Let’s say you are offered a clear little pill that would allow you to access the full potential of your brain. Would you take it? If you are the protagonist of Limitless - an unkempt and down-on-luck writer with a writer’s block the size of a polar cap, you certainly would. So you pop the pill and wait. The pill, apparently, makes your brain very, very fast. Then what?
To save you the trouble of watching the film (please let me save you that trouble!) I’ll give you a summary. You will clean you apartment, get a haircut, buy a great suit, exercise yourself into stunningness. Then you’ll write your novel in four days. You will acquire languages seamlessly, and then used them to impress your ex-girlfriend in ethnic restaurants. You will abandon writing books for a clearly more intelligent choice of investment banking. You will outpace your bosses. You will enter social circles you have only dreamed about, and sleep with a variety of exotic beauties. You will know everything about everything. You will be able to street fight eight men at the same time. You will make an awful lot of money. And in the end, you might just become the president.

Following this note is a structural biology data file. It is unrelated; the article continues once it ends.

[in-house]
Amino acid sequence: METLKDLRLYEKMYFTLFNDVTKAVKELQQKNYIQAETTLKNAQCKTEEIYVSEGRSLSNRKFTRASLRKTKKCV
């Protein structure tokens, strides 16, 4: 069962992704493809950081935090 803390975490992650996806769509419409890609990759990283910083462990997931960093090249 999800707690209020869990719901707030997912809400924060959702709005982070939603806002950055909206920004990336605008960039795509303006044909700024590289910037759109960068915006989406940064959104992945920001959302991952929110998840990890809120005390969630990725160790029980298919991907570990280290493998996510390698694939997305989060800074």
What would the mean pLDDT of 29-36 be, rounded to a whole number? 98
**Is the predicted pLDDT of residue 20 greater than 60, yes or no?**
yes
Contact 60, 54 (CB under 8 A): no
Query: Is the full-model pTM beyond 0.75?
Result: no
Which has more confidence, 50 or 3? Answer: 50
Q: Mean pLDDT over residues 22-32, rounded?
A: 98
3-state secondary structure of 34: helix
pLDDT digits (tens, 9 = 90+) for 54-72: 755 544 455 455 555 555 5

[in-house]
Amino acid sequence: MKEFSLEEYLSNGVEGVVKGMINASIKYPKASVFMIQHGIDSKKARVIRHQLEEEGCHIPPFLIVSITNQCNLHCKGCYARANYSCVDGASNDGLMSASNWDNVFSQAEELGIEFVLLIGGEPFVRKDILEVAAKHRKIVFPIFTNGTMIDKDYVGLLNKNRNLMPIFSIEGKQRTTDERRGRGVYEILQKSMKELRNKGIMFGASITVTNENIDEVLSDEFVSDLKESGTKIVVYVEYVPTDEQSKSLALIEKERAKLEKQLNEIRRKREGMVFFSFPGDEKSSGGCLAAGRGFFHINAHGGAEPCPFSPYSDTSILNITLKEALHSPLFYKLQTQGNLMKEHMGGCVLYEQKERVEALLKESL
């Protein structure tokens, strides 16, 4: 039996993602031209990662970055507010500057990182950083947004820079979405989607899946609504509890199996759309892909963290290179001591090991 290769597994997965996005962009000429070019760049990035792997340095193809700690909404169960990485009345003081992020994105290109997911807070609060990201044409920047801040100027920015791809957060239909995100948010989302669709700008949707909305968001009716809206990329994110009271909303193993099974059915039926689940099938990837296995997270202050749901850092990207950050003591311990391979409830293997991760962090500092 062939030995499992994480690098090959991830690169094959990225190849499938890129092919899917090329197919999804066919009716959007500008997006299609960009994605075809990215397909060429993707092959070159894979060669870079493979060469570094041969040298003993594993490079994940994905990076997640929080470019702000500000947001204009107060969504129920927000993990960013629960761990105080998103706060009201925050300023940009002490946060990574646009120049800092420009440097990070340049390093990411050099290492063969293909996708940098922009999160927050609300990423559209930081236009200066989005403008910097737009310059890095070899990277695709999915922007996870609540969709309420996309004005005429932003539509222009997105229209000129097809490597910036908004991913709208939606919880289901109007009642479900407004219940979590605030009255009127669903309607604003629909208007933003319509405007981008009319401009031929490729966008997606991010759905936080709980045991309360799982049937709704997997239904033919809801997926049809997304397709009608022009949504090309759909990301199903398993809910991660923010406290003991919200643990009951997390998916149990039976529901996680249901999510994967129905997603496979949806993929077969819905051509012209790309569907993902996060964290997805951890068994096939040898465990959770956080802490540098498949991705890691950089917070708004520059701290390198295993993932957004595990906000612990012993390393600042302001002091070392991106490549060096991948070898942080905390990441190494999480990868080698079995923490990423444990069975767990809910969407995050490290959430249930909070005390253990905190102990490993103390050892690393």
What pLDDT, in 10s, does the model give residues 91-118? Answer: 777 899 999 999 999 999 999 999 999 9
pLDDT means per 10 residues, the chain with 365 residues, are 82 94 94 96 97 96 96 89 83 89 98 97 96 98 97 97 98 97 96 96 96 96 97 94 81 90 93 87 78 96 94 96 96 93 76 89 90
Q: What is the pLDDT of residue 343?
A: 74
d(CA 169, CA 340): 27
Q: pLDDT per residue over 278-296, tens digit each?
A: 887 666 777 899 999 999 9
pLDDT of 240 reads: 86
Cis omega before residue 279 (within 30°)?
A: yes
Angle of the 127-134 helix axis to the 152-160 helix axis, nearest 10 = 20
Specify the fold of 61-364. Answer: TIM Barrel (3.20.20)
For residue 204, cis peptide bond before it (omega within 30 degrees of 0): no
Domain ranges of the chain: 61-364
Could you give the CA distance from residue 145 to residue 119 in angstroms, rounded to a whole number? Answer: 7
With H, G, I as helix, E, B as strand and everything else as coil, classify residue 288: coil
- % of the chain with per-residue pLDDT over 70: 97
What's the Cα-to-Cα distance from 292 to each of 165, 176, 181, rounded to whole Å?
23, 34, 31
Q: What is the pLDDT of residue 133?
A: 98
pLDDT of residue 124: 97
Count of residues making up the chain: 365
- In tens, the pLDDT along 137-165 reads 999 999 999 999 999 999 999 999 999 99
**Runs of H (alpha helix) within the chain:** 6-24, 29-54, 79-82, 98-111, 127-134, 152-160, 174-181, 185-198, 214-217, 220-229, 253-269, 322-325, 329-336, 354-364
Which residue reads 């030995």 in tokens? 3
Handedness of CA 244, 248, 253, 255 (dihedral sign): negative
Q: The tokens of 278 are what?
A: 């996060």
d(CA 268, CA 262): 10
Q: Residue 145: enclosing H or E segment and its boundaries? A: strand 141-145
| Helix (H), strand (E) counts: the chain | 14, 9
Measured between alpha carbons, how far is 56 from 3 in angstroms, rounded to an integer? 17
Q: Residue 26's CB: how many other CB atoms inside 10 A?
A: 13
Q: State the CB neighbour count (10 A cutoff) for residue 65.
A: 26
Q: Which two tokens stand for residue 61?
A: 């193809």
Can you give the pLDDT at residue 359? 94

Don’t get me wrong - I am not blaming the movie, I am blaming my expectations. I was expecting a movie about a struggling writer who, with some chemical help, reaches full human awareness, and gets his novel finally done. I know, it’s unwise to search for inspiration, or insight, or tips (what’s the name of those chemicals?) in a movie. What did I think it would be, after all, Matrix for struggling writers? But being subjected to an adolescent boy fantasies for an upward of ninety minutes is too severe of a punishment for that mistake. If you like the genre, you can save yourself time and money and watch an MTV video instead. But don’t let me put you off, especially if deep inside, you really, really want to be the president.